Q. During that whole Phoenix thing when the birdies are coming left and right, did you believe what was going on?
MARK CALCAVECCHIA: Well, I do remember thinking to myself: 'Well, I'm doing something special here.' I didn't slap myself, but I said, 'Oh, forget it. Don't worry about what kind of special thing you're doing. Just go out and keep doing it.' I knew I was playing well coming into that tournament. I told my mom, 'I've got it,' type thing. I'm not hitting it as good as I was then, but I'm very comfortable with what I'm doing now, and it kind of reminds me of the way hit it that week. This isn't the Phoenix Open; it's the Masters. We'll see what happens out there tomorrow. But I'm really, really confident right now with my swing.
Q. Is it better for you to be in the final group tomorrow with Tiger or in the next to last group -- not that you have a choice?
MARK CALCAVECCHIA: I'd like to play with him in the last group. When we played -- we were not in the last group in Spain. We were about the third-to-last group, I think. Maybe second-to-last. But it was the same sort of feeling, I felt fine. I got right up on the first hole and just bombed one down middle. Tiger doesn't make me nervous himself or his presence or anything else. But that would be a hoot to be in the last group with him.
Q. You talked about having a case of the yips. How bad did it get at the worst point?
MARK CALCAVECCHIA: I think a putt from here to here, these two water bottles, there's about a 50/50 chance of me making it. In other words, anything outside of 18 inches was 50/50. That's how bad it was. (Laughter.)
Q. You said yesterday that this was a place that you are always in a hurry to get to, but sometimes in a hurry to get out of. How much has this place been a test of your ability to control your emotions and a test of your temperament?
MARK CALCAVECCHIA: Obviously, I've gotten a lot better at that. Doesn't mean I still don't get mad, and I do, and we all do out here. I did do a real good job of mentally preparing myself; although, my swing wasn't where I wanted it in the early part of the tournament. And I double-bogeyed the first hole right off the get-go-go. That certainly wasn't what I needed to start off with, but just hung tough and made a bunch of pars because I knew I really didn't have it. Lucked in a couple of putts. In the next round, I was back to even; considering doubling the first hole and not playing very well, was pretty good. So I did a real good job in the early part of the week of bracing myself up to be super patient.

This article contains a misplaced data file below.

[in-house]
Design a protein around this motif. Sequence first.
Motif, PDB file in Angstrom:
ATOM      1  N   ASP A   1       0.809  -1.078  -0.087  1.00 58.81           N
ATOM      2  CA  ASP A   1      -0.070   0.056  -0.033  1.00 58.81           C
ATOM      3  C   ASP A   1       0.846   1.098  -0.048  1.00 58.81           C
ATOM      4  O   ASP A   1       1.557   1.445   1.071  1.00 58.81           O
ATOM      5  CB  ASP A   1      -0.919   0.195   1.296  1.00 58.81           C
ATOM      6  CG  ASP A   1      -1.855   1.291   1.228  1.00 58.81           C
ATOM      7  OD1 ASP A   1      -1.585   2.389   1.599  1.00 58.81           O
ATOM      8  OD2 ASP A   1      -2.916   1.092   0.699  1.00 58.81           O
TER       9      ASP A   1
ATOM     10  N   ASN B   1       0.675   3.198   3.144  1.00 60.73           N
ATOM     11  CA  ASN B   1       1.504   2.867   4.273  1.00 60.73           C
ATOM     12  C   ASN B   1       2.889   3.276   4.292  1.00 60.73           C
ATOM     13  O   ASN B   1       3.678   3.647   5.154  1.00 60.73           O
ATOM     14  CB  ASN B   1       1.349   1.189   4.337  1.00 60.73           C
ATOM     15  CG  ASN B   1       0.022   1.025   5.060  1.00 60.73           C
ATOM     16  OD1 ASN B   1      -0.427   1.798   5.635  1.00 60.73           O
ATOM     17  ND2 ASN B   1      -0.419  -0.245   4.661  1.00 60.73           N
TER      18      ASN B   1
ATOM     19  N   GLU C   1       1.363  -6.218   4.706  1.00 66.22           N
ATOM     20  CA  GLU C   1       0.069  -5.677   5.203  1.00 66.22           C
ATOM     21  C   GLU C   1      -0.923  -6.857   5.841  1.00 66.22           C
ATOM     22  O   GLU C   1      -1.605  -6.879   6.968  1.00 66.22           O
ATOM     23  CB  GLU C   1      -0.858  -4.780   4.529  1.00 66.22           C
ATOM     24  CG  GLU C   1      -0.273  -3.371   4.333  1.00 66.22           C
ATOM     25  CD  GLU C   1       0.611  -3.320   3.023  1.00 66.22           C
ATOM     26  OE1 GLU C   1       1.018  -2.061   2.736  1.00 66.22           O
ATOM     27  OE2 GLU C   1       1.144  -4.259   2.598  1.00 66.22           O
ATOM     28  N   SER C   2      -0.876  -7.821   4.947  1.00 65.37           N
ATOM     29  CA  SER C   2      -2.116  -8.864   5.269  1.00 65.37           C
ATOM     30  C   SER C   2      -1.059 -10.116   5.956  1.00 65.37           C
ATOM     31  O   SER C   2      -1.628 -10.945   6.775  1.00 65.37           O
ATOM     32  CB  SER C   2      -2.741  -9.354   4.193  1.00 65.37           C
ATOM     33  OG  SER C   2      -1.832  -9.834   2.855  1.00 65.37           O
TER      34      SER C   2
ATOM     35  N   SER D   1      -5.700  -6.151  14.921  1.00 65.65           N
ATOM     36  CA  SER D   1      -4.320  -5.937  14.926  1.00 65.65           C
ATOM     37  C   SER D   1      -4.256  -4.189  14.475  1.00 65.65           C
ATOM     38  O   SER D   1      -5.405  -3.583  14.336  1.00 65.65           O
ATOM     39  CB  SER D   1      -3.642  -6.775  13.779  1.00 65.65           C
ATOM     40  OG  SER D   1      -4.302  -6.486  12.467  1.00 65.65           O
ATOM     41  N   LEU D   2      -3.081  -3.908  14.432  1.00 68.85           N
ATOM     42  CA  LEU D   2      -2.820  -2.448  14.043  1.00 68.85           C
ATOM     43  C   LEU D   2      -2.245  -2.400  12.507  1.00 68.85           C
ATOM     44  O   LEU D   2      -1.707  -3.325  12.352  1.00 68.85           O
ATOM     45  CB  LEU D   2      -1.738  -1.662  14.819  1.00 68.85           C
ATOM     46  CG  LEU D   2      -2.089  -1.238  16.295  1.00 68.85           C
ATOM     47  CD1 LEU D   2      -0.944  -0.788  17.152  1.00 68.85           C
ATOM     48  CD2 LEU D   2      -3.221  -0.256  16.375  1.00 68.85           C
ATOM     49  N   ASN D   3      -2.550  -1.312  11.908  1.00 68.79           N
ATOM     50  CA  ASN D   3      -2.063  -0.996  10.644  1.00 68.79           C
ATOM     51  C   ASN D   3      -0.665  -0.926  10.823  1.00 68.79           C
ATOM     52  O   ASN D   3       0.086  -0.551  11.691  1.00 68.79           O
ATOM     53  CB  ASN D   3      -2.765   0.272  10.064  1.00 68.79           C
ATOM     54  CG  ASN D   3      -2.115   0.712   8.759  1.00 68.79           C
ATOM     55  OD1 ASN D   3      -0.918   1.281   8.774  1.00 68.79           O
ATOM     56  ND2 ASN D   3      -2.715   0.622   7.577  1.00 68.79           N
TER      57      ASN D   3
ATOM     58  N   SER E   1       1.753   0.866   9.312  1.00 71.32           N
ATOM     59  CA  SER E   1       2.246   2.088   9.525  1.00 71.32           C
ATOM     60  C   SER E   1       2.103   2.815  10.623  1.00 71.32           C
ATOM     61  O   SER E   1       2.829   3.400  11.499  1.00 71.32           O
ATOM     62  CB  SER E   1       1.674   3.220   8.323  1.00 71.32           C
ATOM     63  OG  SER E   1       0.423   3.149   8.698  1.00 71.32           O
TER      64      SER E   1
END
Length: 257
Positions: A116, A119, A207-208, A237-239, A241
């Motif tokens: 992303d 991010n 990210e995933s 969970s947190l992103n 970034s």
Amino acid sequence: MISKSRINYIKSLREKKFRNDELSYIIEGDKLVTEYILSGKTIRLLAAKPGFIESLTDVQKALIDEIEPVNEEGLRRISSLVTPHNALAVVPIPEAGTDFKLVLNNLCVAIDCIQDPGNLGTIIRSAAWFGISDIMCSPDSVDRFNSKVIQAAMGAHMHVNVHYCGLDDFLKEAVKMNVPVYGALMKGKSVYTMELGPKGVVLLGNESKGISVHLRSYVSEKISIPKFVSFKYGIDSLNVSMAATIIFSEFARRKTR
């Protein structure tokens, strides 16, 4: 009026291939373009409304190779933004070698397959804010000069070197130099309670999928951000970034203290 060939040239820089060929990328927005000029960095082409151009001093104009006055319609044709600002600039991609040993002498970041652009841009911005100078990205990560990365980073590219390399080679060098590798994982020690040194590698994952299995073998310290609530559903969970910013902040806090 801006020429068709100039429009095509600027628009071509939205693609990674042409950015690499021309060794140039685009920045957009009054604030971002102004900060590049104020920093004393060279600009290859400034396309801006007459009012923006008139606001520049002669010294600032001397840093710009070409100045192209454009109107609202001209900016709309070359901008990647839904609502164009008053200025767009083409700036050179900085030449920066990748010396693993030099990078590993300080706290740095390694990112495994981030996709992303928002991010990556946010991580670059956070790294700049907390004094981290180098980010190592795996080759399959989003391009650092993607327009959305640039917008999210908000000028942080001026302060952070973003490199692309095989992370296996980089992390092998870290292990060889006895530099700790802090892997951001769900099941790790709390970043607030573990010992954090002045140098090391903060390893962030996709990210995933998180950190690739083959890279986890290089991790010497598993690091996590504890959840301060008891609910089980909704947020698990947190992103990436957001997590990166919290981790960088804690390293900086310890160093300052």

Maguire's storied Duke career comes to an end
STILLWATER, Okla. – After losing in the quarterfinals here at the NCAA Women’s Championship, Duke coach Dan Brooks gathered his team and walked back toward the 18th hole. He wanted to get away and deliver a parting speech to senior Leona Maguire, one of the most important players in program history.
“I feel like I didn’t say enough, and I feel like I didn’t say it right,” he said afterward. “I guess that’s inevitable when dealing with a player who has meant so much.”
Maguire’s heralded Duke career came to an end Tuesday when she and her teammates dropped their quarterfinal match to Southern Cal, 3 1/2 to 1 1/2. Maguire did her part, winning, 1 up, against USC’s Jennifer Chang, but it still wasn’t enough.
Maguire will go down as one of the best players not just in Duke’s storied history, but all time in college golf. She’s a two-time Player of the Year. She finished with the best scoring average (70.93) in Division I women’s golf history. She had a record 32 competitive rounds in the 60s. She spent 135 weeks at the top of the World Amateur Golf Rankings, another record.